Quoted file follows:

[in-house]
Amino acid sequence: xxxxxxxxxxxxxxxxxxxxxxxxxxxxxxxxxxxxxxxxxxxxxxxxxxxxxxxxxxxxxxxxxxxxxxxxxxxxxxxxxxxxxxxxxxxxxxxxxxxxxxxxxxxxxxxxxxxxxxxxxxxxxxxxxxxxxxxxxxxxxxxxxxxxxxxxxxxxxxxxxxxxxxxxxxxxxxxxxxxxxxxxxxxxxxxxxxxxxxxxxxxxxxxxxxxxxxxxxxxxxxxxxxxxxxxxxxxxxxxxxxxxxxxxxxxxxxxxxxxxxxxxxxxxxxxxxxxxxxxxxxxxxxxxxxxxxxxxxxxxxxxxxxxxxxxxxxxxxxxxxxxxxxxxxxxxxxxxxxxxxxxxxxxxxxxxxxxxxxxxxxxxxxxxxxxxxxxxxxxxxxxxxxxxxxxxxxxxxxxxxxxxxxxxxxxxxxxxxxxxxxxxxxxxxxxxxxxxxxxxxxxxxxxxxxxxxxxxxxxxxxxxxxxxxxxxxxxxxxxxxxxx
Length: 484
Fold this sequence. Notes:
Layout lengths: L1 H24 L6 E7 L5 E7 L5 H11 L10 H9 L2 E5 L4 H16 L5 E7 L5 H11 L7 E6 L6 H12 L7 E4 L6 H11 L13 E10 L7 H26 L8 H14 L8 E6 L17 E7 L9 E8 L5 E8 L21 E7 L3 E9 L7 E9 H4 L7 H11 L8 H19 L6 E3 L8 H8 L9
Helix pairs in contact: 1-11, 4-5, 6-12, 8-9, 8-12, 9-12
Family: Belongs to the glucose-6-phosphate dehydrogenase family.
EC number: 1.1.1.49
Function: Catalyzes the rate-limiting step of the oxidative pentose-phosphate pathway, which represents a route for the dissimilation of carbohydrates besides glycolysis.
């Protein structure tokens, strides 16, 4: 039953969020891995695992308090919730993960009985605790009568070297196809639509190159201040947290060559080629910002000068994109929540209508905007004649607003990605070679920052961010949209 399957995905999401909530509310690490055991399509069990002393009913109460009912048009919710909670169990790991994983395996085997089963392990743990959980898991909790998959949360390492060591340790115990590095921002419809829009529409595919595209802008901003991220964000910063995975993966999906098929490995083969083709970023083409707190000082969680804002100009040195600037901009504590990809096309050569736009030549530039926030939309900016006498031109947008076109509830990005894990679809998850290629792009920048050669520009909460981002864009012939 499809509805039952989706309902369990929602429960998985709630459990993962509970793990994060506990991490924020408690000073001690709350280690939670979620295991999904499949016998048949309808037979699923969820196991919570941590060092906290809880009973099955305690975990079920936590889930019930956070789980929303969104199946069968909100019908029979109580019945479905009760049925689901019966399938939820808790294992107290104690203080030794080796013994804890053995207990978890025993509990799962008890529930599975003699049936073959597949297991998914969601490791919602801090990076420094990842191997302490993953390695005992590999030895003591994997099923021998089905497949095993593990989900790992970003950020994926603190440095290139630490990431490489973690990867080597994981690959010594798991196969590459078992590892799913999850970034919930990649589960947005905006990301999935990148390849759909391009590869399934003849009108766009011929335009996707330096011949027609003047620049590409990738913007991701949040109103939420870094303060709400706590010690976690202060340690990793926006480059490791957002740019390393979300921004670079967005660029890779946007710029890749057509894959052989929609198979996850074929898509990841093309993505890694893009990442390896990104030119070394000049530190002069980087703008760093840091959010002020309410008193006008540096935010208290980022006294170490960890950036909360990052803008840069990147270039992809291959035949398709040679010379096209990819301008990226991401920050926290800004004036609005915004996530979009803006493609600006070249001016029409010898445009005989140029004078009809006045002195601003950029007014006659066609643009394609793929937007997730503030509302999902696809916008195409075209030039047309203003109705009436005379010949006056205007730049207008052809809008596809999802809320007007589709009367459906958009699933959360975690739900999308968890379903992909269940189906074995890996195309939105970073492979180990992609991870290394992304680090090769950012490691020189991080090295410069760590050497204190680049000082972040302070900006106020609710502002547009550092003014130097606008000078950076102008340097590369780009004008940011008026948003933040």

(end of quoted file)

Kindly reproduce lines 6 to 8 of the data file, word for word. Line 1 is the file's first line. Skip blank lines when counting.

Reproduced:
Helix pairs in contact: 1-11, 4-5, 6-12, 8-9, 8-12, 9-12
Family: Belongs to the glucose-6-phosphate dehydrogenase family.
EC number: 1.1.1.49